Get ready for Horizon Europe: Open Science – The Guild

“Open Science will become the modus operandi in Horizon Europe, the next EU Framework Programme for Research and Innovation. This will affect provisions such as those regarding publications, research data management, and the engagement of citizens in the project.

To provide a glimpse into the expected changes, The Guild interviewed Mr. Konstantinos Glinos, Head of Unit for Open Science at the European Commission, Directorate-General for Research and Innovation (DG RTD). 

During this discussion, we first explore the topic of Open Science as a strategic priority, its contribution to research efficiency, and the barriers that prevent the speeding up and the uptake and implementation of Open Science. We then delve into the main changes expected in Horizon Europe in the areas of Open Access, research data management, and Citizen Science. Finally, we also examine how Open Science could be embedded in the entire research process, from the methodology definition until the sharing of final results.  

We hope this video will help researchers and institutions to prepare for the forthcoming requirements in Horizon Europe….”

Get ready for Horizon Europe: Open Science – The Guild

“Open Science will become the modus operandi in Horizon Europe, the next EU Framework Programme for Research and Innovation. This will affect provisions such as those regarding publications, research data management, and the engagement of citizens in the project.

To provide a glimpse into the expected changes, The Guild interviewed Mr. Konstantinos Glinos, Head of Unit for Open Science at the European Commission, Directorate-General for Research and Innovation (DG RTD).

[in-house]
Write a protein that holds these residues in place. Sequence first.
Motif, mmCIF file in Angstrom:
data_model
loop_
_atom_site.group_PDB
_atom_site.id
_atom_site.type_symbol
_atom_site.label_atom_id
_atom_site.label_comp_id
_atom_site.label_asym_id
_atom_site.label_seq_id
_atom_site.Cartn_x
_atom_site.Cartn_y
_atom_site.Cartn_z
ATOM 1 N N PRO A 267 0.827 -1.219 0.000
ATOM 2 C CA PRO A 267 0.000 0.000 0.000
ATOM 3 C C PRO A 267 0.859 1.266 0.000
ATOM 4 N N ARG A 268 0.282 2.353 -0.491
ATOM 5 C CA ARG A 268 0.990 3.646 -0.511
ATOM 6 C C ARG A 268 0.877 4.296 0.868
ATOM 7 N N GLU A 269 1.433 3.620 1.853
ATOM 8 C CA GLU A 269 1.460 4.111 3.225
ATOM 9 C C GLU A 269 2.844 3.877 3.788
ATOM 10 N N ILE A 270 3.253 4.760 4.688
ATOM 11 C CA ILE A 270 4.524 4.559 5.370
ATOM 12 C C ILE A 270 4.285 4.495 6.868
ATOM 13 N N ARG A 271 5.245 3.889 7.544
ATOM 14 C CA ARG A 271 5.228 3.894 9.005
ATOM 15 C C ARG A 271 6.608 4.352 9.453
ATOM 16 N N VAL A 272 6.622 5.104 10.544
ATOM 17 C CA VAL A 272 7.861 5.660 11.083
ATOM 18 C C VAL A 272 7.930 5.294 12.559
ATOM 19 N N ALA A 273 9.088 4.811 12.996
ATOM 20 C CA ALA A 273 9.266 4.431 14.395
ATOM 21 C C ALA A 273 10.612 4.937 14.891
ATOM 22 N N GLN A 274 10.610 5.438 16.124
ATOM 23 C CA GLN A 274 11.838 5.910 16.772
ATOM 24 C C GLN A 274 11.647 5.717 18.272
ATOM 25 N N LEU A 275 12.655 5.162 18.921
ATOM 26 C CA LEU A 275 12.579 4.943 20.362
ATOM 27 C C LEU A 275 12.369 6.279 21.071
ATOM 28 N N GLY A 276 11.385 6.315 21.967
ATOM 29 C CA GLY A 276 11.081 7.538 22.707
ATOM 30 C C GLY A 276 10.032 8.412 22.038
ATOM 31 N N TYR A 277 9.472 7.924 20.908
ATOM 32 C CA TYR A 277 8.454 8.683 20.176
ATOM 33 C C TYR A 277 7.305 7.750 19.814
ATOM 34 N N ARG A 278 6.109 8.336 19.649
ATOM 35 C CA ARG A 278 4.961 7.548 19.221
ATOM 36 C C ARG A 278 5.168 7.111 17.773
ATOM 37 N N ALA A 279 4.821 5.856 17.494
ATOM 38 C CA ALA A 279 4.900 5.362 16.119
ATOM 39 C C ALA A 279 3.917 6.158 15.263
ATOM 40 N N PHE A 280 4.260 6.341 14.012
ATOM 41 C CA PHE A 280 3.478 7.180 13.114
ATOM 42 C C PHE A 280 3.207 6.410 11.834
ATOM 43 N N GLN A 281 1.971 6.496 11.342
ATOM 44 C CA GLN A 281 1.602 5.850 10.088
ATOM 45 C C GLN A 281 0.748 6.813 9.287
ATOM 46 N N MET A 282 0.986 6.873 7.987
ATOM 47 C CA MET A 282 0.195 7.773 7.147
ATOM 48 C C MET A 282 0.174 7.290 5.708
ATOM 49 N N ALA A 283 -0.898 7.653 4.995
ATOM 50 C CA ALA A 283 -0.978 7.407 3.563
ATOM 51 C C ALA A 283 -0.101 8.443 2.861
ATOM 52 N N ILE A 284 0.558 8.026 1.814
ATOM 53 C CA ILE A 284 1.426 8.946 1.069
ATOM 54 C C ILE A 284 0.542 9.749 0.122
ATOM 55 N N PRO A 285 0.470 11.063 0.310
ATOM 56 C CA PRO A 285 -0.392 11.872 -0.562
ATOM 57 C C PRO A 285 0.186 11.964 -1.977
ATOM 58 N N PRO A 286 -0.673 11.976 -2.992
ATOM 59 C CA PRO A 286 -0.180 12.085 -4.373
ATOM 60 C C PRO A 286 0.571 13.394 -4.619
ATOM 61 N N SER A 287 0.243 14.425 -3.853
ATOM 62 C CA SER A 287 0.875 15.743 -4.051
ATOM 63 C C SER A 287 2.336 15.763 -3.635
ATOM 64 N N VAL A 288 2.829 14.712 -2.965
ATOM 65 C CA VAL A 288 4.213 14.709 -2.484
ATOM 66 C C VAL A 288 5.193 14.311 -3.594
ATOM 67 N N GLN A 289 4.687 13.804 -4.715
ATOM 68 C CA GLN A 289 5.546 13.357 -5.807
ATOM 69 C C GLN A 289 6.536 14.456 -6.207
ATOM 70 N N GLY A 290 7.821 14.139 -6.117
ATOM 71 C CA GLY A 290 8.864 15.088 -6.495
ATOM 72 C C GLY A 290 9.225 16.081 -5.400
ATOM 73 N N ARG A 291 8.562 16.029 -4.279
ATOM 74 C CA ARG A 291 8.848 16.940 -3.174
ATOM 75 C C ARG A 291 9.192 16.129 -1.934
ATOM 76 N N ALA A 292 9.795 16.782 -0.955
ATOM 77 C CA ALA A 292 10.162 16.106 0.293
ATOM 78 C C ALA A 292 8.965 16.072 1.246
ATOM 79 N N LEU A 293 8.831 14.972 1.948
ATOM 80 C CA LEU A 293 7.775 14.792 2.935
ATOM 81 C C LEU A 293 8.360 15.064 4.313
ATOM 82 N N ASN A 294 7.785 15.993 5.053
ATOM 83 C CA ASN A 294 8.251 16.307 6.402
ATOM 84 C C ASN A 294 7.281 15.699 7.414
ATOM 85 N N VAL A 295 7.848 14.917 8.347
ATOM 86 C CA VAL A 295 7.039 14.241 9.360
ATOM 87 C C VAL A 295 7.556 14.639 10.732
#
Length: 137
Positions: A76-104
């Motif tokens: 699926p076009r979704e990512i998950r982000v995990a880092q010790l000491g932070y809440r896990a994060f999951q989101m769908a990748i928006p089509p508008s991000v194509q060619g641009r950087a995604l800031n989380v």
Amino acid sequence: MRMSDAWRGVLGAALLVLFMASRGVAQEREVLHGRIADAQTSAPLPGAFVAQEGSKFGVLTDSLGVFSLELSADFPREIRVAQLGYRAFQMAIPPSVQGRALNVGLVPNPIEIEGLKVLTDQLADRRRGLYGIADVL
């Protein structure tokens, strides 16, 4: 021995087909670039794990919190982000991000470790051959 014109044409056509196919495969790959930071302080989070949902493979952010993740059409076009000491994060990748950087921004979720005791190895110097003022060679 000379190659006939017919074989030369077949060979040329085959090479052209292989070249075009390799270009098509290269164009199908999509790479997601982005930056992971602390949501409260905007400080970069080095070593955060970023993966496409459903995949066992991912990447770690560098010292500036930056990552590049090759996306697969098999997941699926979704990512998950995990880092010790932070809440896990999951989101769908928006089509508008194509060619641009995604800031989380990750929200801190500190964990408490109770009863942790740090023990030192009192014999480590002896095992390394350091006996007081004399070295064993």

During this discussion, we first explore the topic of Open Science as a strategic priority, its contribution to research efficiency, and the barriers that prevent the speeding up and the uptake and implementation of Open Science. We then delve into the main changes expected in Horizon Europe in the areas of Open Access, research data management, and Citizen Science. Finally, we also examine how Open Science could be embedded in the entire research process, from the methodology definition until the sharing of final results.  

We hope this video will help researchers and institutions to prepare for the forthcoming requirements in Horizon Europe….”

Arcadia Fund | Our response to UKRI’s open access review consultation – Arcadia Fund

“The publisher must make efforts to advertise the existence of a freely available version on the DOI-landing page of the publisher version of the work, and in all metadata supplied in the form of MARC records, ONIX feeds, and CrossRef DOI associated metadata. The licence of the work should be clearly given on the DOI-landing page and in all forms of associated metadata that the publisher supplies be it MARC or ONIX or DOI or all. If the publisher is known to not provide adequate metadata about open access and open access licensing, then withhold all Book Publishing Charges from that publisher until they provide it. Better still, warn authors not to submit to the publisher with a ‘blacklist’ of non-compliant publishers.

Some publishers both in journals and in monographs have been doing rather sneaky things to hide the existence of a freely accessible version. See Piwowar (2018) ‘Where’s Waldo With Public Access Links’. For ‘gold’ open access works, ensure the publisher creates a link from which the entirety of the book can be downloaded as PDF (or other format e.g. EPUB) in one-click – far too many platforms break-up books into chapters with absolutely no provision of a link to download the work in its entirety – this is annoying for users….”

Universal Funders’ Policy on Open Deposition of Publication-Associated Records